Georgian Architecture was widely used in the English colonies of the time. In the American colonies, colonial Georgian blended with the neo-Palladian style to become known as Federal style architecture. American Georgian houses typically have well-organised facade with five windows on the first floor and four windows plus a central colonnaded entrance door on the ground floor. The Georgian window is a double-hung sash window. Early in the 18th C, a classic style Georgian window was made of two sashes, each with 3 x 2 =6 glass panes. This remained in use even after the advent of larger glass panes in the 19th C. These sash windows, placed almost flush with the outer face of the walls, were painted white. The white colour over glazing bars also reduced their presence against the glass, making the window look more elegant. The preference for white colour sash windows has continued till today even though materials have changed from wood to plastics, steel and aluminium.

Federal style Maizefield Red Hook NY front view

Vertically sliding window or sash windows are favoured for the ease of opening and controlled ventilation. Sash windows are less susceptible to warping due to moisture, as the shutter is bounded by a frame. Sash windows open by remaining within their frames, so do not distract, as do the hanging shutters of the casement windows. A Georgian sash window remained very widely used form till the use of steel casement windows as a cheaper and functionally superior option became acceptable.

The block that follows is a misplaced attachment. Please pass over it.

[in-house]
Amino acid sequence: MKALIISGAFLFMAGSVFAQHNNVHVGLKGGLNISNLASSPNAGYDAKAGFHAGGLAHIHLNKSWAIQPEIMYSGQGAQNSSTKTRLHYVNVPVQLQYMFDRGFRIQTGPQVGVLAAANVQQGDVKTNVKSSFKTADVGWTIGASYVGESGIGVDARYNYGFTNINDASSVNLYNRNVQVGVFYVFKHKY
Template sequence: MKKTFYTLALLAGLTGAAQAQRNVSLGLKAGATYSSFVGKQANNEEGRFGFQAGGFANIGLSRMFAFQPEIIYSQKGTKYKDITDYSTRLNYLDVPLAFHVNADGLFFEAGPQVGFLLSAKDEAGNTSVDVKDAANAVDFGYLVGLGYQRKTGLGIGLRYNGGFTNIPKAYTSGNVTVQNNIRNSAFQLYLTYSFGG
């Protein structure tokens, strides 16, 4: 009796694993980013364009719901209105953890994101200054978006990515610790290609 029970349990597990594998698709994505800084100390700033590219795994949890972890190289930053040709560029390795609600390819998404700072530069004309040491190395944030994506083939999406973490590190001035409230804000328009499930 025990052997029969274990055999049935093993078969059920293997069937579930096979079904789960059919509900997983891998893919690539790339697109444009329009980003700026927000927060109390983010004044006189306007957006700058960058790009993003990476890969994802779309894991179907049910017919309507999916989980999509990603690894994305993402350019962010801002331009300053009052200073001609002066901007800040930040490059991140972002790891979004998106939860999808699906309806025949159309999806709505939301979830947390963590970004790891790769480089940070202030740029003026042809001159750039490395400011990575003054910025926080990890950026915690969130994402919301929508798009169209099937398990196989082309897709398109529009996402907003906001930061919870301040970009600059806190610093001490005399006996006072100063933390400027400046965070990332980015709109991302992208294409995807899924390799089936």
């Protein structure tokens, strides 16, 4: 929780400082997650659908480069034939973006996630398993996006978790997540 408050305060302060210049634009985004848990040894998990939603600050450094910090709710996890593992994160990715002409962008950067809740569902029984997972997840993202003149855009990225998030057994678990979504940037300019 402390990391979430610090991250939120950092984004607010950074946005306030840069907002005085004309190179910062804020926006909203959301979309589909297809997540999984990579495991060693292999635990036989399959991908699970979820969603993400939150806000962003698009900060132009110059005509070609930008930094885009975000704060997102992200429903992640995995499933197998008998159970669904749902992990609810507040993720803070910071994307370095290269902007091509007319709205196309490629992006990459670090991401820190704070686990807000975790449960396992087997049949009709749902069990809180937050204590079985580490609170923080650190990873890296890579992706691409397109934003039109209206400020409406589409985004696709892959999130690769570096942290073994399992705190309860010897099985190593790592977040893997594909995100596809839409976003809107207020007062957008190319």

Clifford Double hung Sash Window

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ROPES

ROPES

Post 317 ⇒   by Gautam Shah 

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A rope is composition of fibres, filaments, yarns, thin stripes or wires, twisted or braided or kept together by ties, over winding, binders like an adhesive or fused partially. The geometric composition (it is not a composite, as there is no matrix agent) that remains flexible yet becomes lengthier and stronger in form. The composition retains its ‘winding’ or compactness through its manipulations such as bending, pulling, twisting, etc. Rope of very a thin diameter, is called string twine or a strand. Wire ropes are also called cables.